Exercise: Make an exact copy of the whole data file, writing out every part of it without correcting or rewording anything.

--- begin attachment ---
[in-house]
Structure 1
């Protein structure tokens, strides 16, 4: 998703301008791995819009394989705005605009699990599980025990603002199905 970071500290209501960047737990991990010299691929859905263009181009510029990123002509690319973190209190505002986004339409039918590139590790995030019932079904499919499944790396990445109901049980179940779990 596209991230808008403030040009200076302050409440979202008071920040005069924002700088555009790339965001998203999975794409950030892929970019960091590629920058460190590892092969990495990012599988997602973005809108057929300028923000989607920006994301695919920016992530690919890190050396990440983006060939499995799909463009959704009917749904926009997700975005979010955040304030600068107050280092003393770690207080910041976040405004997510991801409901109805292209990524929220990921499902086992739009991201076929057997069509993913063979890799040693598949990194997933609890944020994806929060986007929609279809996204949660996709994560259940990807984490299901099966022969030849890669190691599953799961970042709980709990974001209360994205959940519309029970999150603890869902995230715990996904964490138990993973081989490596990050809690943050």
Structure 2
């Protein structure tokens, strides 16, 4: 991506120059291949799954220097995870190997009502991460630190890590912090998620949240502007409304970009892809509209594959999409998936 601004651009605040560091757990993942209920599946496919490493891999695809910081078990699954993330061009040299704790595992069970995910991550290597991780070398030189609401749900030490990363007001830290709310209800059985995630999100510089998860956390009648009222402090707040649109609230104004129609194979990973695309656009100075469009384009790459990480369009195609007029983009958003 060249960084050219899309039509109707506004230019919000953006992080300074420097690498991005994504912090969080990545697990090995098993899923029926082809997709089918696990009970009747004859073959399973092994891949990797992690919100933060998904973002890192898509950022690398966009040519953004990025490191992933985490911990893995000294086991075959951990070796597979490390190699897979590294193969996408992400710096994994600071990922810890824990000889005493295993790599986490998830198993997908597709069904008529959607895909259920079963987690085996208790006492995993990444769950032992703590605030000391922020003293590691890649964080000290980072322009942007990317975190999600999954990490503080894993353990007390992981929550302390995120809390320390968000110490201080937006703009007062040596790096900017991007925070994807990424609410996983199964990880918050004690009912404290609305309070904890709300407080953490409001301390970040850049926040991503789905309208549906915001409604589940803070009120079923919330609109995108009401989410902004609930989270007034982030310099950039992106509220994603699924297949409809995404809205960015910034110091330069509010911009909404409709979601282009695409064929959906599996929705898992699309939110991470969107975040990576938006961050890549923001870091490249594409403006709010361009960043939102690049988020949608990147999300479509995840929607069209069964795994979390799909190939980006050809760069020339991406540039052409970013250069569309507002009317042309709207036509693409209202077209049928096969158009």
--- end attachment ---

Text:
[in-house]
Structure 1
């Protein structure tokens, strides 16, 4: 998703301008791995819009394989705005605009699990599980025990603002199905 970071500290209501960047737990991990010299691929859905263009181009510029990123002509690319973190209190505002986004339409039918590139590790995030019932079904499919499944790396990445109901049980179940779990 596209991230808008403030040009200076302050409440979202008071920040005069924002700088555009790339965001998203999975794409950030892929970019960091590629920058460190590892092969990495990012599988997602973005809108057929300028923000989607920006994301695919920016992530690919890190050396990440983006060939499995799909463009959704009917749904926009997700975005979010955040304030600068107050280092003393770690207080910041976040405004997510991801409901109805292209990524929220990921499902086992739009991201076929057997069509993913063979890799040693598949990194997933609890944020994806929060986007929609279809996204949660996709994560259940990807984490299901099966022969030849890669190691599953799961970042709980709990974001209360994205959940519309029970999150603890869902995230715990996904964490138990993973081989490596990050809690943050």
Structure 2
């Protein structure tokens, strides 16, 4: 991506120059291949799954220097995870190997009502991460630190890590912090998620949240502007409304970009892809509209594959999409998936 601004651009605040560091757990993942209920599946496919490493891999695809910081078990699954993330061009040299704790595992069970995910991550290597991780070398030189609401749900030490990363007001830290709310209800059985995630999100510089998860956390009648009222402090707040649109609230104004129609194979990973695309656009100075469009384009790459990480369009195609007029983009958003 060249960084050219899309039509109707506004230019919000953006992080300074420097690498991005994504912090969080990545697990090995098993899923029926082809997709089918696990009970009747004859073959399973092994891949990797992690919100933060998904973002890192898509950022690398966009040519953004990025490191992933985490911990893995000294086991075959951990070796597979490390190699897979590294193969996408992400710096994994600071990922810890824990000889005493295993790599986490998830198993997908597709069904008529959607895909259920079963987690085996208790006492995993990444769950032992703590605030000391922020003293590691890649964080000290980072322009942007990317975190999600999954990490503080894993353990007390992981929550302390995120809390320390968000110490201080937006703009007062040596790096900017991007925070994807990424609410996983199964990880918050004690009912404290609305309070904890709300407080953490409001301390970040850049926040991503789905309208549906915001409604589940803070009120079923919330609109995108009401989410902004609930989270007034982030310099950039992106509220994603699924297949409809995404809205960015910034110091330069509010911009909404409709979601282009695409064929959906599996929705898992699309939110991470969107975040990576938006961050890549923001870091490249594409403006709010361009960043939102690049988020949608990147999300479509995840929607069209069964795994979390799909190939980006050809760069020339991406540039052409970013250069569309507002009317042309709207036509693409209202077209049928096969158009």